How It Started

In March 2013, North Brooklyn Farms gained access to the former parking lot of the historic Domino Sugar Refinery in Williamsburg, Brooklyn. The lot had been vacant for nearly a decade after the refinery closed in 2004. The developer who had purchased the former Domino property began looking in late 2012 for people who could make use of the parcel, which they called Site E, before they developed the land. North Brooklyn Farms submitted one of the winning proposals.

Construction & Community

In April 2013, the founders of North Brooklyn Farms began digging, sifting and leveling the existing landscape with the help of volunteers from the surrounding neighborhood. Raised beds were built with recycled scaffolding lumber on top of pallets for vegetable production, and beds were carved from the hard-packed urban landscape for cut flower production. Tons of clean dirt was hauled in to fill the beds.

During the building process, a number of neighbors saw what was happening and asked if they could help out. Of course they could. Some of those volunteers became key members of the farm team.

What We Grow

The farm produces dozens of varieties of vegetables and sells them at a pick-your-own farm stand or already prepared in a 3-course farm dinner.

In addition to our vegetable production, we manage thousands of square feet of cut flower production space. We sell many varieties of zinnias, cosmos, sunflowers, echinacea, coneflower, snapdragons and other flowers to the general public and floral design community.

Most importantly, the farm is open to the public so New York residents can connect with land and methods of food cultivation that are often forgotten in city life. Many of our visitors are local schoolchildren, who can apply the science curriculum they learn in school with hands on experience on a farm in the city.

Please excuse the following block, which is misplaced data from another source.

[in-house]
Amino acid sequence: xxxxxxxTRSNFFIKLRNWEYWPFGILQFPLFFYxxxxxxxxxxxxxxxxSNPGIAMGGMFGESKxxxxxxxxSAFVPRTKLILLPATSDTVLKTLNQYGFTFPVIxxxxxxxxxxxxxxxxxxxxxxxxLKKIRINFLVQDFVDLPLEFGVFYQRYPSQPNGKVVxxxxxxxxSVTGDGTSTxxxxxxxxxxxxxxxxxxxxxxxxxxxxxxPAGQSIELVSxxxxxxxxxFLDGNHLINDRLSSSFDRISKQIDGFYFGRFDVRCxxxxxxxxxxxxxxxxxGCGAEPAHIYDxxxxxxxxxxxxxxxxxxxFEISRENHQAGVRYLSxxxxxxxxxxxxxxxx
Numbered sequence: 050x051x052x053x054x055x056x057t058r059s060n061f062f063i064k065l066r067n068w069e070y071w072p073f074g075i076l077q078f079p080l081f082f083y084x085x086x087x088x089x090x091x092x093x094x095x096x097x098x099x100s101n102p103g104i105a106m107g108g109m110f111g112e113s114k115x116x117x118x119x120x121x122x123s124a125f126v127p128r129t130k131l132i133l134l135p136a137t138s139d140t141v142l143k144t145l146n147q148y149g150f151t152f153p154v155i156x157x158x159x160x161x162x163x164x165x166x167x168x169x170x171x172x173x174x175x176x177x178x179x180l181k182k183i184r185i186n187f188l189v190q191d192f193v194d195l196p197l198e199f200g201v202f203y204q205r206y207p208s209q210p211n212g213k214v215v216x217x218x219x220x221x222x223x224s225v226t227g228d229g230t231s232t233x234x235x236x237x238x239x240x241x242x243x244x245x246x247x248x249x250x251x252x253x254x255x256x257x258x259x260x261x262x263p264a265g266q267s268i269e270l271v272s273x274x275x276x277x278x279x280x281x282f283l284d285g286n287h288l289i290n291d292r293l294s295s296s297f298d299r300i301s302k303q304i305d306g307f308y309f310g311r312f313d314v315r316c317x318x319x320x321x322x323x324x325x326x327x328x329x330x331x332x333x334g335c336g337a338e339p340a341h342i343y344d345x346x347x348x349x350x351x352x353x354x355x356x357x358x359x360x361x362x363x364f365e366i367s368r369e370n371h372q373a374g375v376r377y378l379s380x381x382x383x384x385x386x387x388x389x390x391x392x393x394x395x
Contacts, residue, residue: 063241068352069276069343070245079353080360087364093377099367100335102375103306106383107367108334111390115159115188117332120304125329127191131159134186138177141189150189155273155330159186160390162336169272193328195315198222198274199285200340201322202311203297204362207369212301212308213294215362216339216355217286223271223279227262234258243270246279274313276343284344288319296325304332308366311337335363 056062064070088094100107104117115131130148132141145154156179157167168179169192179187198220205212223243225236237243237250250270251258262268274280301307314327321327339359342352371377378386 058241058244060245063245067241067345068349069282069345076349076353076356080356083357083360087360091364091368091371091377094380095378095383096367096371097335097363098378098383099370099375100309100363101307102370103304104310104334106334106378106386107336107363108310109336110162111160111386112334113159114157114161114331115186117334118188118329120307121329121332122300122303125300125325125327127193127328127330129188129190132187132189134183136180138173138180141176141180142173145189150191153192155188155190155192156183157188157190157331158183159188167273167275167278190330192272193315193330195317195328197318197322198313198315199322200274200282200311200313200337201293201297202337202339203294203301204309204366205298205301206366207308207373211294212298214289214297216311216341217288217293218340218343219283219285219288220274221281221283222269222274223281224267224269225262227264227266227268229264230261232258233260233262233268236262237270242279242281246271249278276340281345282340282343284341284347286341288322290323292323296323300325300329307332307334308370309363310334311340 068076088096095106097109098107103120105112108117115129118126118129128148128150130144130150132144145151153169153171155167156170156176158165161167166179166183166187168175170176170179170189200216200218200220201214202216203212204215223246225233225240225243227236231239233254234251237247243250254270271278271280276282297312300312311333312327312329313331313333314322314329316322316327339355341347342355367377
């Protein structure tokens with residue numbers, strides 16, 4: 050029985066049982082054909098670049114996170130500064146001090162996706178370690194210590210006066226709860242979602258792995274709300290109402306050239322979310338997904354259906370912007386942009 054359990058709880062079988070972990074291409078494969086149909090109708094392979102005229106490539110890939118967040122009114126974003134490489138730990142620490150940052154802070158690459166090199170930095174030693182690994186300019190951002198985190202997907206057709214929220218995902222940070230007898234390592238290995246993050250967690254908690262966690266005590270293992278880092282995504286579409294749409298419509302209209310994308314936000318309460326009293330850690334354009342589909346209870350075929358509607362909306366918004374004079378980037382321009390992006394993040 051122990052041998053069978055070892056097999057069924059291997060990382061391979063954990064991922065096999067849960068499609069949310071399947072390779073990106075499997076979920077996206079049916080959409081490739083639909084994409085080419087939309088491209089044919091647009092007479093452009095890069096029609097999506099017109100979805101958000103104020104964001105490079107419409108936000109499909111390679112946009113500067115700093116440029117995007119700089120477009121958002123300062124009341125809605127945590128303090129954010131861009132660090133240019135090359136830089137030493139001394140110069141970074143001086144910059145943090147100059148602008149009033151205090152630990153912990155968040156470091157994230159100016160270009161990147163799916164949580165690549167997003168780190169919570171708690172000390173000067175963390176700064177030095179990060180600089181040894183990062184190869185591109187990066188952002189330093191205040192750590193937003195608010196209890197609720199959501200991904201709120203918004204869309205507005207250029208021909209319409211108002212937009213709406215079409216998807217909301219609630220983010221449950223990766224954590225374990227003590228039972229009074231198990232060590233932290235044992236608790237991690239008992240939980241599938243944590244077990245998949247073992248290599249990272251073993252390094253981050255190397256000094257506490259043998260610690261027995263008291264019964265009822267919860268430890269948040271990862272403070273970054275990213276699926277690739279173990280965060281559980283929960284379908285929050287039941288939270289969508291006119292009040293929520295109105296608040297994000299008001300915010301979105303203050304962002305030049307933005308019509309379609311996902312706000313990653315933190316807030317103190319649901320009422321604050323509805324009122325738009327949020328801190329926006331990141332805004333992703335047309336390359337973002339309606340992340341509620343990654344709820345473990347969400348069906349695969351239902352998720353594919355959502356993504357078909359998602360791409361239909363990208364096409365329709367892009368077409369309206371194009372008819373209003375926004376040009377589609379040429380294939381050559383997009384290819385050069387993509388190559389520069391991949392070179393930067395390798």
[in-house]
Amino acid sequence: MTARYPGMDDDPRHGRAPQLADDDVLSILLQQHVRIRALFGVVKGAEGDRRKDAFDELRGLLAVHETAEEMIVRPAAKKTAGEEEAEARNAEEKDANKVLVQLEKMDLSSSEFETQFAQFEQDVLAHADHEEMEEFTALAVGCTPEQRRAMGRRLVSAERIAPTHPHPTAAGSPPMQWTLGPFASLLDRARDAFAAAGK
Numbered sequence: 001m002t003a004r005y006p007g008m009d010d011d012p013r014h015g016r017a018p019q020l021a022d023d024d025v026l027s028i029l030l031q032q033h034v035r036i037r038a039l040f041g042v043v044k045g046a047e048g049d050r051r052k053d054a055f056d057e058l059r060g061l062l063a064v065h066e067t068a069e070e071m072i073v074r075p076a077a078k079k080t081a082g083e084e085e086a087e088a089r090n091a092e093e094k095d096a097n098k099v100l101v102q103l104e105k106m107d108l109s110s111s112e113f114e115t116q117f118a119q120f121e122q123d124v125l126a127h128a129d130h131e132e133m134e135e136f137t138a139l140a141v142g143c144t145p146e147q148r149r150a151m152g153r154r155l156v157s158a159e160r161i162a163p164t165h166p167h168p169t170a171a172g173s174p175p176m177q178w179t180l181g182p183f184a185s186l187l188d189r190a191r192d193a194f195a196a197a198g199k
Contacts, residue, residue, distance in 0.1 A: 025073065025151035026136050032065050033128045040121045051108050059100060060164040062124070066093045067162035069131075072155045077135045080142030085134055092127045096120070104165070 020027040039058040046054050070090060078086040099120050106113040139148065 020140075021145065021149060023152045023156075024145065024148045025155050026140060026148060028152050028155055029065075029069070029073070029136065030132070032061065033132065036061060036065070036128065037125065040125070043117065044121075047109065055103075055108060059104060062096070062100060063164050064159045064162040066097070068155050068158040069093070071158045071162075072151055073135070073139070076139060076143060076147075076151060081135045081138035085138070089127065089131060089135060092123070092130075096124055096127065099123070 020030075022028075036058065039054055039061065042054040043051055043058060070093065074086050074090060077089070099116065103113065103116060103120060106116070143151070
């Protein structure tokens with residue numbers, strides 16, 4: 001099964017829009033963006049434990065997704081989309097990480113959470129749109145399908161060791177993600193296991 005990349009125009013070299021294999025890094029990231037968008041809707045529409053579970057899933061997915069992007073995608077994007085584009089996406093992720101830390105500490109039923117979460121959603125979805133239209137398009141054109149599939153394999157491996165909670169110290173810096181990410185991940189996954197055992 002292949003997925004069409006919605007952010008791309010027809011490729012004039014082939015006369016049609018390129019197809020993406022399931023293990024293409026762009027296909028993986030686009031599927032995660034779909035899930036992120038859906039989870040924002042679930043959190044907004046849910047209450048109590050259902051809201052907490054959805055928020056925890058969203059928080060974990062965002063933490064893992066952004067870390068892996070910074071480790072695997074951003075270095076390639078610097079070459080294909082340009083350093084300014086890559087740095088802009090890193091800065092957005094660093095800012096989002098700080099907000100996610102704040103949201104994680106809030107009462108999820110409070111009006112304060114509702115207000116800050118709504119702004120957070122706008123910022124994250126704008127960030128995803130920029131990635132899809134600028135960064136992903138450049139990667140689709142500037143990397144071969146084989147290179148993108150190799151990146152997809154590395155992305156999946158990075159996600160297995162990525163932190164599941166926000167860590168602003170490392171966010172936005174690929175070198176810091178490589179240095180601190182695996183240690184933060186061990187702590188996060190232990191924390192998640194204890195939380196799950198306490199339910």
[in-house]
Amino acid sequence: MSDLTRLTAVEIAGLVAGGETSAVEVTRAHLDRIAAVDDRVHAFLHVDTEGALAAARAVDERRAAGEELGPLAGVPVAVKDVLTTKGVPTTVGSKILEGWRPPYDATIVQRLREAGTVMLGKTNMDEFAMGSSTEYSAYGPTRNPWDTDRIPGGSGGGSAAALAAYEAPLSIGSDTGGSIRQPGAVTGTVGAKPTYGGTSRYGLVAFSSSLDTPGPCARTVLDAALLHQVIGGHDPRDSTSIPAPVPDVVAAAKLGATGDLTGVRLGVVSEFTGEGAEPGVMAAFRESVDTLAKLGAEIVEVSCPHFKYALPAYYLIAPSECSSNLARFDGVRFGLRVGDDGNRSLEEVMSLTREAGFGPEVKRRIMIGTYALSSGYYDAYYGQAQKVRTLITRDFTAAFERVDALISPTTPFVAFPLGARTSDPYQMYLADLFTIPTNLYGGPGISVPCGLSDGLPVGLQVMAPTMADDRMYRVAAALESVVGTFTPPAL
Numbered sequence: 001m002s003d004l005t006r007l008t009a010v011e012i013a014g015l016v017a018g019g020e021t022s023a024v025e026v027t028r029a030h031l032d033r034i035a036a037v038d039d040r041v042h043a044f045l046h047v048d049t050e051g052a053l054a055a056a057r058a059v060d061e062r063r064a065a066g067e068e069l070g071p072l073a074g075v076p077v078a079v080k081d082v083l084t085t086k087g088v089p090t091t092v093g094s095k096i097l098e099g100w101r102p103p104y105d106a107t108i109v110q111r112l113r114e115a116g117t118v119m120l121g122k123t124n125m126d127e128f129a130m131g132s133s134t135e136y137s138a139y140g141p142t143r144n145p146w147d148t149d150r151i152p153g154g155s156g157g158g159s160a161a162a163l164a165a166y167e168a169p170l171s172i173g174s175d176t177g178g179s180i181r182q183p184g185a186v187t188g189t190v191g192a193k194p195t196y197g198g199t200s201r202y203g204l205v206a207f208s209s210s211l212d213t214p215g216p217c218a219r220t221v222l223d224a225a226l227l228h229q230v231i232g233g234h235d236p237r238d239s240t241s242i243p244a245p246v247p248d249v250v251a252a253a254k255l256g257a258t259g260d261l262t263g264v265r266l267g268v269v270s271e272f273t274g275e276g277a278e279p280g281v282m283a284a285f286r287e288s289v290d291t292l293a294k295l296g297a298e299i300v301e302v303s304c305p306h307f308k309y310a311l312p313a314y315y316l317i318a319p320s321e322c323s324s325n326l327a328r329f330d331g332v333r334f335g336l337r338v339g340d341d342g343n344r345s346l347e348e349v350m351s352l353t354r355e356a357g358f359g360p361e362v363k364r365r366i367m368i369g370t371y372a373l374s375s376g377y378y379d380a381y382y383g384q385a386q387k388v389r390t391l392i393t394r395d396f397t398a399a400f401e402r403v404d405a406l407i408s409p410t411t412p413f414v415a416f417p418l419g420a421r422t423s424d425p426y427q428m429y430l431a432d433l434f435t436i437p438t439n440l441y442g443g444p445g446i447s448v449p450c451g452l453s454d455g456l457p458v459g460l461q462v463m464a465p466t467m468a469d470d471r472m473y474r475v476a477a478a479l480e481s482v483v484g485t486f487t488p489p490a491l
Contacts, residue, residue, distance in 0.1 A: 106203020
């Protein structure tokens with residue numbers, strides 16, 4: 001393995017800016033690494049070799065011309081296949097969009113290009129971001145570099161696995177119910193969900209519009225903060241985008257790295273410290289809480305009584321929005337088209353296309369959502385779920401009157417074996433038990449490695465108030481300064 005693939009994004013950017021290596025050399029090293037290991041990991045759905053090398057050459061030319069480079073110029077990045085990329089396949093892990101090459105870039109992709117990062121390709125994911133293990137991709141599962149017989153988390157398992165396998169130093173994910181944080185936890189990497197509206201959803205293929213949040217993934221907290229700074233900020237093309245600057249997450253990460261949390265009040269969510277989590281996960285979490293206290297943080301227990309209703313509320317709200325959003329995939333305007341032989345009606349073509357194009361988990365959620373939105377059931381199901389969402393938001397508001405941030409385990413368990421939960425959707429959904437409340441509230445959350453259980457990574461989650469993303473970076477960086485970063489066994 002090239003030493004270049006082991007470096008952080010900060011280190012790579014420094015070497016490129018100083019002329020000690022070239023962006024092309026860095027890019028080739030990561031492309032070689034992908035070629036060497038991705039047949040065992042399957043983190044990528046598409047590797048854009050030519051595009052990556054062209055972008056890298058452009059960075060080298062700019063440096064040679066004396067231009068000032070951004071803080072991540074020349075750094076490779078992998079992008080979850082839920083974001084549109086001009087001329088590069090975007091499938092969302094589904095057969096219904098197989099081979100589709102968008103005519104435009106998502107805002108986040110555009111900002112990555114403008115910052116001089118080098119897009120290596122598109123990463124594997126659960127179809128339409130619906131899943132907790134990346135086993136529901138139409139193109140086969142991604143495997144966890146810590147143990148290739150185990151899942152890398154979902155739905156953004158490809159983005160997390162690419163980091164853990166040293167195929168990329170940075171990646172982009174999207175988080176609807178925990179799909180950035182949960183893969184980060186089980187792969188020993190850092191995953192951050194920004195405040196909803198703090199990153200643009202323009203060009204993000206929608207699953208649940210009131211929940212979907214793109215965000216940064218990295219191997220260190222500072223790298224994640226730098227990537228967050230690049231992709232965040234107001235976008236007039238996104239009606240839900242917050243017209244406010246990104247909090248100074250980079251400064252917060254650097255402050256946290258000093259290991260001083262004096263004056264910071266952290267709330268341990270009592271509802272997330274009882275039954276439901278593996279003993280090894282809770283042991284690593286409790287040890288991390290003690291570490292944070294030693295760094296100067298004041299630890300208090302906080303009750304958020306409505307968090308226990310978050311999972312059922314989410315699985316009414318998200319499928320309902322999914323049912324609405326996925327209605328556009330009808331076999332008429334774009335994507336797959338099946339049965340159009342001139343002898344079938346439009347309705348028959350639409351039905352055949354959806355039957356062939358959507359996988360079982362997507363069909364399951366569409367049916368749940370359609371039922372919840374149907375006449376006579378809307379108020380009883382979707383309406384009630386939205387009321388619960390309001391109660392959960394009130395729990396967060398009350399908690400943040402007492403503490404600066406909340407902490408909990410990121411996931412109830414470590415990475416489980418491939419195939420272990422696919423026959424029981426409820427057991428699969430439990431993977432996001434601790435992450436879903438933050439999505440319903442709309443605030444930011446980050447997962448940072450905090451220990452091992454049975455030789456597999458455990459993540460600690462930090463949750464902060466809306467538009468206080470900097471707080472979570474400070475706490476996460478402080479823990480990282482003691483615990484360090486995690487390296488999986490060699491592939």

The Way We Grow

North Brooklyn Farms practices sustainable farming techniques, forgoing petrochemical fertilizer for old-fashioned compost and using best-practice techniques to avoid pests, with safe materials like soap used as a last line of defense against hungry critters instead of synthetic pesticides.

Our volunteer hours give people in the community the ability to dig in the dirt and connect with others in a meaningful way. A lot of our work is done by a lot of different people.

We can’t help that media outlets like the New York Times want to put our farmers in action on the cover of their style section. It’s a natural reaction for a culture that craves the magic of doing what we know is right.

The Farm’s Future

All of our vegetable beds were built on top of shipping pallets, so they can be moved to a new site when we lose access to our current farm. We are looking at other vacant lots in North Brooklyn to serve as our new home.

The farm was founded on the belief that an urban farm should be grounded in the earth with a satellite, supporting agricultural production space in the rural area surrounding the City. That model is being developed this year where one of the farm’s co-founders is producing vegetables in the Catskills that will bolster our farm stand and farm dinners with field crops such as squash, potatoes and onions that are too difficult to raise in the city.

Some day we hope to own a farm upstate and several in the city, creating a farm business that can give people not only a sense of place in the city but a place to escape outside of it.